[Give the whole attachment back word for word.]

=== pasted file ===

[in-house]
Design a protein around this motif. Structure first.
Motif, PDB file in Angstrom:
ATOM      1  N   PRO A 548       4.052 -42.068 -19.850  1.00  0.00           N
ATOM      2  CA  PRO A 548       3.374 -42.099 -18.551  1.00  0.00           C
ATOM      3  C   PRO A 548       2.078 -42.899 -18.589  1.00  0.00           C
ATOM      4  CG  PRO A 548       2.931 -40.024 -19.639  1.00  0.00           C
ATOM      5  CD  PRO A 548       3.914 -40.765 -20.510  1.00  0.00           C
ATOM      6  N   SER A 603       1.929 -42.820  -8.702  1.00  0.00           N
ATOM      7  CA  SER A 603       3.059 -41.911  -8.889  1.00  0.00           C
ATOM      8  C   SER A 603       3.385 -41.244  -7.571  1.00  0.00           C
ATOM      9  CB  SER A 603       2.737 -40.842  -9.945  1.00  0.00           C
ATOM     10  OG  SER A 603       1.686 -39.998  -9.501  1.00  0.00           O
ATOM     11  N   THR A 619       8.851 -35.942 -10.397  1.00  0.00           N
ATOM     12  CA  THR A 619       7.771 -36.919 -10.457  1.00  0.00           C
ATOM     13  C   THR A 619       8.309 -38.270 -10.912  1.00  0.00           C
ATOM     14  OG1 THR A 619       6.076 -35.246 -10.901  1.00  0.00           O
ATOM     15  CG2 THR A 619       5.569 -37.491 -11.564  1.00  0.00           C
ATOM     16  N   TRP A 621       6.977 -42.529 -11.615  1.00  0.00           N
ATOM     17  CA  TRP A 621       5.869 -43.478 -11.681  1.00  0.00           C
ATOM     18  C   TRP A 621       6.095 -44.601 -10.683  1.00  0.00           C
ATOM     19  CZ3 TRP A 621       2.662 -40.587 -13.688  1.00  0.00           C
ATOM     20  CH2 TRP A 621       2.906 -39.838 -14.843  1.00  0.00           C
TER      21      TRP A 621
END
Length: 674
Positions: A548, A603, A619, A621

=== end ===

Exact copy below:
[in-house]
Design a protein around this motif. Structure first.
Motif, PDB file in Angstrom:
ATOM      1  N   PRO A 548       4.052 -42.068 -19.850  1.00  0.00           N
ATOM      2  CA  PRO A 548       3.374 -42.099 -18.551  1.00  0.00           C
ATOM      3  C   PRO A 548       2.078 -42.899 -18.589  1.00  0.00           C
ATOM      4  CG  PRO A 548       2.931 -40.024 -19.639  1.00  0.00           C
ATOM      5  CD  PRO A 548       3.914 -40.765 -20.510  1.00  0.00           C
ATOM      6  N   SER A 603       1.929 -42.820  -8.702  1.00  0.00           N
ATOM      7  CA  SER A 603       3.059 -41.911  -8.889  1.00  0.00           C
ATOM      8  C   SER A 603       3.385 -41.244  -7.571  1.00  0.00           C
ATOM      9  CB  SER A 603       2.737 -40.842  -9.945  1.00  0.00           C
ATOM     10  OG  SER A 603       1.686 -39.998  -9.501  1.00  0.00           O
ATOM     11  N   THR A 619       8.851 -35.942 -10.397  1.00  0.00           N
ATOM     12  CA  THR A 619       7.771 -36.919 -10.457  1.00  0.00           C
ATOM     13  C   THR A 619       8.309 -38.270 -10.912  1.00  0.00           C
ATOM     14  OG1 THR A 619       6.076 -35.246 -10.901  1.00  0.00           O
ATOM     15  CG2 THR A 619       5.569 -37.491 -11.564  1.00  0.00           C
ATOM     16  N   TRP A 621       6.977 -42.529 -11.615  1.00  0.00           N
ATOM     17  CA  TRP A 621       5.869 -43.478 -11.681  1.00  0.00           C
ATOM     18  C   TRP A 621       6.095 -44.601 -10.683  1.00  0.00           C
ATOM     19  CZ3 TRP A 621       2.662 -40.587 -13.688  1.00  0.00           C
ATOM     20  CH2 TRP A 621       2.906 -39.838 -14.843  1.00  0.00           C
TER      21      TRP A 621
END
Length: 674
Positions: A548, A603, A619, A621